Another important variable in the A-D tests was the method of peak-to-average power ratio reduction (PAR) utilized by the transmitter. PAR technology is used in IBOC transmitters to help minimize the IBOC signal peak-to-average power ratio, allowing broadcasters to obtain the maximum power efficiency from their equipment. For these tests, two algorithms were tested, called PAR1 and PAR2. These were both developed by Xperi; PAR1 was the original algorithm used in HD Radio transmission equipment and PAR2 is a more advanced algorithm which performs better but requires more computational power than does PAR1.
As expected, the D-A test results demonstrated that the MP11 mode of operation results in a reduced audio SNR in the analog host (see bar graph below). However, in listening to audio recordings corresponding to these various SNRs, the test crew established that the differences in SNR shown in the graph were not noticeable under normal listening conditions.
Inspecting the graph, it is clear that the MP11 sidebands result in the lowest analog host audio SNR, while the MP1 sidebands result in the highest (best) analog host audio SNR. A variety of consumer receivers were used in these tests representing different price points and different tuner ICs, so as to assess performance across a range of devices.
Results from the A-D tests are more complicated and are shown in the error rate graphs below. These graphs show audio frame error rate (vertical axis), obtained using the Xperi test receiver, as a function of Cd/No (horizontal axis), a measure of RF signal-to-noise ratio, where the larger the value of Cd/No, the lower the noise power and the greater the signal power. For these graphs, in general, the lower a curve is on the graph, the better the performance represented by that curve.
The results in the first graph were obtained when using the PAR1 algorithm on the transmitted signals, for two different digital signal power levels (-14 and -10 dBc). These power level numbers represent the relative power in the digital and analog portions of the IBOC signal; in the -10 dBc case, the digital signal is more powerful (than in the -14 dBc case) and consequently the analog interference should be less noticeable.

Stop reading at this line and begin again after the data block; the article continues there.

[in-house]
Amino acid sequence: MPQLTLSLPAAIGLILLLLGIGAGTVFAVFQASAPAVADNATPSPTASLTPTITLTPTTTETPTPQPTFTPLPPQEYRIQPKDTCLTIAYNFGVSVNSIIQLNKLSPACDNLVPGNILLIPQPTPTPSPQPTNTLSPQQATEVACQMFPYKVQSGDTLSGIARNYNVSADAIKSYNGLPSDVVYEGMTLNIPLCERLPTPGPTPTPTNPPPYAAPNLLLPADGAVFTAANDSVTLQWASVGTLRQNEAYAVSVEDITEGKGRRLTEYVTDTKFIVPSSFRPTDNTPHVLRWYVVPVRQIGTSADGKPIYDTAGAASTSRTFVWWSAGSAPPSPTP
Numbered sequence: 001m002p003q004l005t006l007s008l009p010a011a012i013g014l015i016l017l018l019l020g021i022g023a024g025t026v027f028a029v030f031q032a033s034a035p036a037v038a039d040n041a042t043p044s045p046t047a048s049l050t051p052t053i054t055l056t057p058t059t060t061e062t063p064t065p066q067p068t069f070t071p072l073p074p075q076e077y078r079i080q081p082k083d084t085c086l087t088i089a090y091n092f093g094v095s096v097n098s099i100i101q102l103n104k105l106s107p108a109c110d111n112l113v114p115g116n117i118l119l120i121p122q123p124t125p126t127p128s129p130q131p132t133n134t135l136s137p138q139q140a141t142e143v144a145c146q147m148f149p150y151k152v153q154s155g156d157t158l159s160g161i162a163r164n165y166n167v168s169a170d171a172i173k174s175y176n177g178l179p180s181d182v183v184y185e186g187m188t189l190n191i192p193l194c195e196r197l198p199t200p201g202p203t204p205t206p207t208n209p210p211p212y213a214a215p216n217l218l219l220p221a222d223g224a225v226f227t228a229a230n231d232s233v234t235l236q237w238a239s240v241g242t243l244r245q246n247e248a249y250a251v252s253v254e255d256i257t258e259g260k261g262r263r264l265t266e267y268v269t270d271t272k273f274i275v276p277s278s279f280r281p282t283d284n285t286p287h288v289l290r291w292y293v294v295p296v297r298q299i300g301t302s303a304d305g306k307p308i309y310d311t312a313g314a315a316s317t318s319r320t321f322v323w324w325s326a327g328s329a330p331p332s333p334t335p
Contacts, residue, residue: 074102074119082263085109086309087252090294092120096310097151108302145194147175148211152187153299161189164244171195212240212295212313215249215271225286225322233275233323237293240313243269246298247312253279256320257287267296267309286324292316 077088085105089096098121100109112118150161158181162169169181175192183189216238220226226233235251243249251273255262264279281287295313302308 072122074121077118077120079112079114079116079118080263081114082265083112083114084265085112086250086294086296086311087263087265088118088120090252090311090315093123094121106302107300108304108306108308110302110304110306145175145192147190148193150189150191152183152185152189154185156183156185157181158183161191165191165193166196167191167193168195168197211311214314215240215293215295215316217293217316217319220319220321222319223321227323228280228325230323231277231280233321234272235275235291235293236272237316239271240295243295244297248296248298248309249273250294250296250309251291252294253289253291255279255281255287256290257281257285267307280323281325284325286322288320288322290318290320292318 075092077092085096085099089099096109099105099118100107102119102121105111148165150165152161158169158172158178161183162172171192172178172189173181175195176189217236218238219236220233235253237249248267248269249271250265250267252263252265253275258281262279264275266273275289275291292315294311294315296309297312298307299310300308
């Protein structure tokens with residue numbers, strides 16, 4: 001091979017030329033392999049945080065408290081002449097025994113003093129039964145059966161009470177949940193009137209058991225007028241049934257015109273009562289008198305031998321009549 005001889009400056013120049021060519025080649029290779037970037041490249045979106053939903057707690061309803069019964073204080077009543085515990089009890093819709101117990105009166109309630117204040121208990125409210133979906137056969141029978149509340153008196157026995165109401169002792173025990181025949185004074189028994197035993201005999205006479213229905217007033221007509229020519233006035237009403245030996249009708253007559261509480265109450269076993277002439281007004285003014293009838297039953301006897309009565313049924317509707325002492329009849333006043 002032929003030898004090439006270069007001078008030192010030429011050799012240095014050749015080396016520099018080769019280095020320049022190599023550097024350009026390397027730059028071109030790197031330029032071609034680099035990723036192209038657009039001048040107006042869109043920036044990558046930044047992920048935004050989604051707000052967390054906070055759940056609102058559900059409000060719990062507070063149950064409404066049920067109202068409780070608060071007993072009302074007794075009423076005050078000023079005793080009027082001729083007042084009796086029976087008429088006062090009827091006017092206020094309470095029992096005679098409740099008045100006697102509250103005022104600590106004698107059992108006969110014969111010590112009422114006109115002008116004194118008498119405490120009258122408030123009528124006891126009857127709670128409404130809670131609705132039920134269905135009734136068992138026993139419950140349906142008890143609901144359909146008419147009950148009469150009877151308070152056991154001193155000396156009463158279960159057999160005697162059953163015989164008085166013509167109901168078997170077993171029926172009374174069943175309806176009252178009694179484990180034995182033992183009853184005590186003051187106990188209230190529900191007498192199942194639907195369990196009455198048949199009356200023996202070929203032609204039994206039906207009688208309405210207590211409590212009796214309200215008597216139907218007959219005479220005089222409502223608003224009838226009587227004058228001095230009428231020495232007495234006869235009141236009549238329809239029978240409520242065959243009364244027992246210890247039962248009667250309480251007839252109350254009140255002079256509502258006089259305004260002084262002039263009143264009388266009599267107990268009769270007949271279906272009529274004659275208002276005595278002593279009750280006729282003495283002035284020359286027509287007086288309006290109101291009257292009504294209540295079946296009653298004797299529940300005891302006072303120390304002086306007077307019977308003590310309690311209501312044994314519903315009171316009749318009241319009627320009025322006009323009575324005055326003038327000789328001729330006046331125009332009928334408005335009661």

Referring to the first graph, a couple of observations may be made:
- The P4 partitions (used in MP11, closer to the analog interference) have higher error rates than the corresponding P3 partitions (used in MP3, farther from the analog interference);
- Data taken at -10 dBc (higher digital power) shows improved performance compared to the corresponding data taken at -14 dBc (lower digital power hence more susceptible to interference from the analog signal).
The second graph includes data obtained using signals processed with the PAR2 algorithm which, as discussed above, is more advanced (and better performing) than PAR1 but which requires greater computational power. Comparing the results between the two graphs, it is clear that the PAR2 algorithm results in very similar performance for the P4 (MP11) and P3 (MP3) modes of operation. In the second graph only the -14 dBc power level is shown since even in this worst case (compared to -10 dBc), performance between P4 and P3 is so similar.
These tests have demonstrated that MP11 is a viable mode of operation:
- The impact of the MP11 digital sidebands on the analog host is measurable but the degradation to the analog audio SNR is minimal and not noticeable under normal listening conditions;
- The impact of the analog host on the performance of the digital sidebands is highly dependent on the PAR algorithm used for generation of the IBOC signal. When PAR2 is used, the impact of the analog on the MP11 sidebands is negligible. Broadcasters electing to use the MP11 mode of operation in the future would be advised to use PAR2 so as to obtain the best performance possible.
PILOT is grateful to its partners, Xperi and Nautel, for their participation in and contributions to this project, as well as to the exceptional support provided to the test team by Cavell, Mertz & Associates.